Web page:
By Henry J Morgen, 8 September 2018

Shabbat shalom. It turns out that 30 years ago I shared my thoughts with the Library Minyan on this very parshah. After reviewing it, I’d say it’s still pretty good; however, I’d like to address something different today. First, though, I’ll paraphrase something that still holds true, and that is that it has been and continues to be an honor to be able to daven here. I especially appreciate the high level of learning and commitment to community that I’ve come to love and admire.

This morning I’d like to focus on how this parshah fits into our liturgical cycle. If you’ve been tracking the way our sages mapped the torah portions to the weeks in our year you’ll notice that Devarim always occurs just before Tishah B’Av. The seven parshi’ot of consolation always conclude with this parshah on the Shabbat before Rosh Hashanah. If you think of the book of Devarim as Moses’ closing remarks to the people of Israel, then it’s a classic example of “Tell ’em what you’re going to tell ’em. Tell ’em. Tell ’em what you told ’em.” Today’s parshah, Nitzavim, is the “Tell ’em what you told ’em” part. It’s the final words of wisdom our rabbis wanted us to hear just before we flip the calendar year and focus on renewing our commitments to ourselves, our families and our community to be our best selves. The balance of the book of Devarim is sort of transition from Moses’ leadership to Joshua, and Moses’ epitaph.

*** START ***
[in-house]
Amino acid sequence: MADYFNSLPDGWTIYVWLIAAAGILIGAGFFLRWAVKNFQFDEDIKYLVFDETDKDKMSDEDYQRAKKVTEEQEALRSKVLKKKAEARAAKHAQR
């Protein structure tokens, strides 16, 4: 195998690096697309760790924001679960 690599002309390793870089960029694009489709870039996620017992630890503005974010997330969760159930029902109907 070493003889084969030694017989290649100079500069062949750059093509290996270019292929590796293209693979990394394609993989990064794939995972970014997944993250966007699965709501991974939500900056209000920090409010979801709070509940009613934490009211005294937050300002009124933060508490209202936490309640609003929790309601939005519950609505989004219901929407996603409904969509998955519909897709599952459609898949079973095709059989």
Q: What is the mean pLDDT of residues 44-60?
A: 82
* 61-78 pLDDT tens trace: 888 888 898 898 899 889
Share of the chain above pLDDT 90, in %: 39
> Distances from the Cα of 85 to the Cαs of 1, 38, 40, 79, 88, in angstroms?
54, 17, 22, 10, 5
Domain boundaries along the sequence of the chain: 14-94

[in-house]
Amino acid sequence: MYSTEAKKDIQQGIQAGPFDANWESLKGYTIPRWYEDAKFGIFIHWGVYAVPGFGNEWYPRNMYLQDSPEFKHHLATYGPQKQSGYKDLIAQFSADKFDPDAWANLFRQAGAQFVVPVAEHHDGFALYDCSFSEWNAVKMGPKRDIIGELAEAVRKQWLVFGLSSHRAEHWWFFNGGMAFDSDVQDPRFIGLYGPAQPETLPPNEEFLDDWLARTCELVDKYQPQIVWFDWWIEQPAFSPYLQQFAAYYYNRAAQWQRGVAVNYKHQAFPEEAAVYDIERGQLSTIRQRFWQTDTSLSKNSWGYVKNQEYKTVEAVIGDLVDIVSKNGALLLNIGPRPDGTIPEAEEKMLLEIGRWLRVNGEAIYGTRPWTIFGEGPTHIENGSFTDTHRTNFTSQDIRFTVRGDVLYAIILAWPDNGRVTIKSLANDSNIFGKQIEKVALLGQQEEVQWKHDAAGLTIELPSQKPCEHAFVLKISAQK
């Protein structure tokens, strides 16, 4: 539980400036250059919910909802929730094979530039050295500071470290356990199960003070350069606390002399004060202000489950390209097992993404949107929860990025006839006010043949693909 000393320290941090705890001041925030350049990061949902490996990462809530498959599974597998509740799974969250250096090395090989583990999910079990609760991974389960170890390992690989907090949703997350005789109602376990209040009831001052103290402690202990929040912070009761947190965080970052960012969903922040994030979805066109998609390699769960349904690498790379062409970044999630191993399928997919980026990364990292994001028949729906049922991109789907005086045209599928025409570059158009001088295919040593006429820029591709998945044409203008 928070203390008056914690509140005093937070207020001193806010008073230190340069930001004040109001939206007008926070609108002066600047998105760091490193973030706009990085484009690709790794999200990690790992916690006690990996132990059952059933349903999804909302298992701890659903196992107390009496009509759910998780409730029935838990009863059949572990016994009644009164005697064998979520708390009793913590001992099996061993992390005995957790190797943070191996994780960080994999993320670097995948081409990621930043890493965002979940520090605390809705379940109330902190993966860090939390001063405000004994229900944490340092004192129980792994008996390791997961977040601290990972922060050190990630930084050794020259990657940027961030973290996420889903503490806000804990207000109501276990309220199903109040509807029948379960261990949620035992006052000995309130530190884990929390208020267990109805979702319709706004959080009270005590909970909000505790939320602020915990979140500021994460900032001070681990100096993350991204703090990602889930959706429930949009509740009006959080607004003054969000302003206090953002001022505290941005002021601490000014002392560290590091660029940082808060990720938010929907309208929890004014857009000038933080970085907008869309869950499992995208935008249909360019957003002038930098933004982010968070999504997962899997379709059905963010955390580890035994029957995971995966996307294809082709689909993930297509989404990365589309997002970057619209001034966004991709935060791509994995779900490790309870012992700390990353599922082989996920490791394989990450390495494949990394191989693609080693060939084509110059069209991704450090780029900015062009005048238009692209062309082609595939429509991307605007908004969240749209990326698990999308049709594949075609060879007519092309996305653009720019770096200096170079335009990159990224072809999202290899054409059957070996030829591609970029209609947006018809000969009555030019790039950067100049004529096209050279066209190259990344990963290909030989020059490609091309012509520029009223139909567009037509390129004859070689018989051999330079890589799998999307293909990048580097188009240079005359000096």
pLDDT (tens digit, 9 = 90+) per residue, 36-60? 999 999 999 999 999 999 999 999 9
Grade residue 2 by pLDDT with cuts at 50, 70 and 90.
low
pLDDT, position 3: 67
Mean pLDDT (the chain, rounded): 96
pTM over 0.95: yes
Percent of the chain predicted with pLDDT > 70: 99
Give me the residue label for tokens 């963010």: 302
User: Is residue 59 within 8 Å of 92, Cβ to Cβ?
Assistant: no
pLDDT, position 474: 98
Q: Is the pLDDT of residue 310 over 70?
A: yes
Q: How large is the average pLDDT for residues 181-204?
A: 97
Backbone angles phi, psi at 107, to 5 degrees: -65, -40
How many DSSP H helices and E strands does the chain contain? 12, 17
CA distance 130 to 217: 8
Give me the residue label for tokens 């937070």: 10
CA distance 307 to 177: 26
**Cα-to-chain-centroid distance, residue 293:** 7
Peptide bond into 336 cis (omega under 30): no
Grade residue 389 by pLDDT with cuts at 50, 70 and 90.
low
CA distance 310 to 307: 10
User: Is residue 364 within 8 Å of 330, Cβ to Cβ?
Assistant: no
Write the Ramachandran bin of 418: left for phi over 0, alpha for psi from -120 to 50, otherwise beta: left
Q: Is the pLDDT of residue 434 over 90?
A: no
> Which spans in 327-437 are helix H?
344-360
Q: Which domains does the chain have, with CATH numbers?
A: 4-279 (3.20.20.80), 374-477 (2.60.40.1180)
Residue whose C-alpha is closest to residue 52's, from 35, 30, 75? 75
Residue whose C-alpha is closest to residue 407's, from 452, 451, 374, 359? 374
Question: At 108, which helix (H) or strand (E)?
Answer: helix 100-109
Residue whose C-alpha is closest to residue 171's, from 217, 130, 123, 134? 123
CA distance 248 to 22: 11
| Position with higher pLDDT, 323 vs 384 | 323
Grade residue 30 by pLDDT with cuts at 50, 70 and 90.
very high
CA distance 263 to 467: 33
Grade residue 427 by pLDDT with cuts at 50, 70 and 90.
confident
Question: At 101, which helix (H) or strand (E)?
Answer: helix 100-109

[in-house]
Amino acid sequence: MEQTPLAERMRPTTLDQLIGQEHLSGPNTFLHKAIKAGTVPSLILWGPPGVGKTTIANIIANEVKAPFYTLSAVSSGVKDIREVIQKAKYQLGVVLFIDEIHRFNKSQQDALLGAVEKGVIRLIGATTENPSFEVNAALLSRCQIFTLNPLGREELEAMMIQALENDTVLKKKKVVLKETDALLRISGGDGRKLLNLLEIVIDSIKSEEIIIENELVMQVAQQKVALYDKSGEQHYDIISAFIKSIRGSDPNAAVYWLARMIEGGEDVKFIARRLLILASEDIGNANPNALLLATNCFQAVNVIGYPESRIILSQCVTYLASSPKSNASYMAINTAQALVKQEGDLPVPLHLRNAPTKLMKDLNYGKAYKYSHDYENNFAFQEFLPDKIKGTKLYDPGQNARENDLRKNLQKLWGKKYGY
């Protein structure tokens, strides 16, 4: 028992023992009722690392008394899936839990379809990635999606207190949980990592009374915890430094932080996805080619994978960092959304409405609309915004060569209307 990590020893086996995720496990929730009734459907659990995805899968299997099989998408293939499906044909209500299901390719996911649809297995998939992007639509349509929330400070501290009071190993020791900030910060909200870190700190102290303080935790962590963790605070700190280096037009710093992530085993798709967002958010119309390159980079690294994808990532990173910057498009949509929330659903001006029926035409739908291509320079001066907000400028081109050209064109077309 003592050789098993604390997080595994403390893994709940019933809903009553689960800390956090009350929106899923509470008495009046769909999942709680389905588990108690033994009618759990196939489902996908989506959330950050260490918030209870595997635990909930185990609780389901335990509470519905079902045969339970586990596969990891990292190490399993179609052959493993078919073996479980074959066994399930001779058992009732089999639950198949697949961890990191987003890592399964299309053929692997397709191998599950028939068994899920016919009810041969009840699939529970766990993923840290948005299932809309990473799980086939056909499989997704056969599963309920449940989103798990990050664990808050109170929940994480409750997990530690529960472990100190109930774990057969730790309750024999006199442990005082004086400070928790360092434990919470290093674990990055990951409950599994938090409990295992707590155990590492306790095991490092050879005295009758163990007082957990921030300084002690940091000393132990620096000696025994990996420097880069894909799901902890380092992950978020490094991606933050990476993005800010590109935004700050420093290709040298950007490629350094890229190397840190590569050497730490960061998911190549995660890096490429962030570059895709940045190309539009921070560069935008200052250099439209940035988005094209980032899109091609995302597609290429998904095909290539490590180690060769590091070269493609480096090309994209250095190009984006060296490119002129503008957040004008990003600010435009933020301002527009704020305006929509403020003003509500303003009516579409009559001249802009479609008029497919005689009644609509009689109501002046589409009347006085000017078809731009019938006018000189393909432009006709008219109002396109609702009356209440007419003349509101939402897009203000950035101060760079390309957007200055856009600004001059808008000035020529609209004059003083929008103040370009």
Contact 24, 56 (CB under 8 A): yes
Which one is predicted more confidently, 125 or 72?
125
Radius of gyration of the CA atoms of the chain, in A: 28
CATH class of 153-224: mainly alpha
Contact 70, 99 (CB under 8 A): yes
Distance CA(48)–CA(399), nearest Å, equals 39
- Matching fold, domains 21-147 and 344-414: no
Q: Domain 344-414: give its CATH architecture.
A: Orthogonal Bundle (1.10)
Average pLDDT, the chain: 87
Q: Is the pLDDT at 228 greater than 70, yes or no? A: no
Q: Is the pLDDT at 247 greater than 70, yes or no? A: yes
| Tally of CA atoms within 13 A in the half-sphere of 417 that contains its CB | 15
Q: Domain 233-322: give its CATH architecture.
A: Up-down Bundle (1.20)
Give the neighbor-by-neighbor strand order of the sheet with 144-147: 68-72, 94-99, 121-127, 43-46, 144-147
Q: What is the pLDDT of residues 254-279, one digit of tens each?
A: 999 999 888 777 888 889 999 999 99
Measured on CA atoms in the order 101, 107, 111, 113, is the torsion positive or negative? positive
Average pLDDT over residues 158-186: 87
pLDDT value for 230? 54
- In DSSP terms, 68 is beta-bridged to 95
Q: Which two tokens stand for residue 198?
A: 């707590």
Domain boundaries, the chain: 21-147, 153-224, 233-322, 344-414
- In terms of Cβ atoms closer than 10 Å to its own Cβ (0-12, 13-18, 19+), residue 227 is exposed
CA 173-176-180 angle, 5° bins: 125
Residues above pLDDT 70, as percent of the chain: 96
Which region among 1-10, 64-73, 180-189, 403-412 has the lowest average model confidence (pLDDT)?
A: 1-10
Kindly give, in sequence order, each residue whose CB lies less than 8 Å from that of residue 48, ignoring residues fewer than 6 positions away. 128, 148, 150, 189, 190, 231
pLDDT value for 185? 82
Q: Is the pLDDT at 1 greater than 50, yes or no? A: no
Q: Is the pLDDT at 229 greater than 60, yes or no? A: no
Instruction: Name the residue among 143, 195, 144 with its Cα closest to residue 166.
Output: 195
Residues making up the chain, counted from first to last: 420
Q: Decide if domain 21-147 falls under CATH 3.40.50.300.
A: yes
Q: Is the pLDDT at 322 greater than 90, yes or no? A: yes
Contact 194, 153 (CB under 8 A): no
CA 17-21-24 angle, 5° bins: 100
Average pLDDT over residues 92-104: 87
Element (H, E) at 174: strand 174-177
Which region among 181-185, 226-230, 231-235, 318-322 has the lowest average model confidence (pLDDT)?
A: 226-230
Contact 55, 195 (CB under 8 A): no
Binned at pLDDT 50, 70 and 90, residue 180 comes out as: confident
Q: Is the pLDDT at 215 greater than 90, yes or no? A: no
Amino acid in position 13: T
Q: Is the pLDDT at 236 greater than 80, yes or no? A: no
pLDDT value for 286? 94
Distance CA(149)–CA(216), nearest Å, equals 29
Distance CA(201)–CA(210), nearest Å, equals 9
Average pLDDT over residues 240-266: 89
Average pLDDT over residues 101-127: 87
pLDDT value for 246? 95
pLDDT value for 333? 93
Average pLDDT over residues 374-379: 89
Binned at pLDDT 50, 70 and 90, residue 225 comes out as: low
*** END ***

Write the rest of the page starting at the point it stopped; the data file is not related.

So, let’s look at this parshah a little more closely. It opens with an incredibly powerful paragraph that we actually got to read today, even though we’re on the middle third of a triennial cycle, because we got to read the whole parshah:

You stand this day, all of you, before the Lord your God—your tribal heads, your elders and your officials, all the men of Israel, your children, your wives, even the stranger within your camp, from woodchopper to waterdrawer—to enter into the covenant of the Lord your God, which the Lord your God is concluding with you this day, with its sanctions; to the end that He may establish you this day as His people and be your God, as He promised you and as He swore to your fathers, Abraham, Isaac, and Jacob. I make this covenant, with its sanctions, not with you alone, but both with those who are standing here with us this day before the Lord our God and with those who are not with us here this day.[1]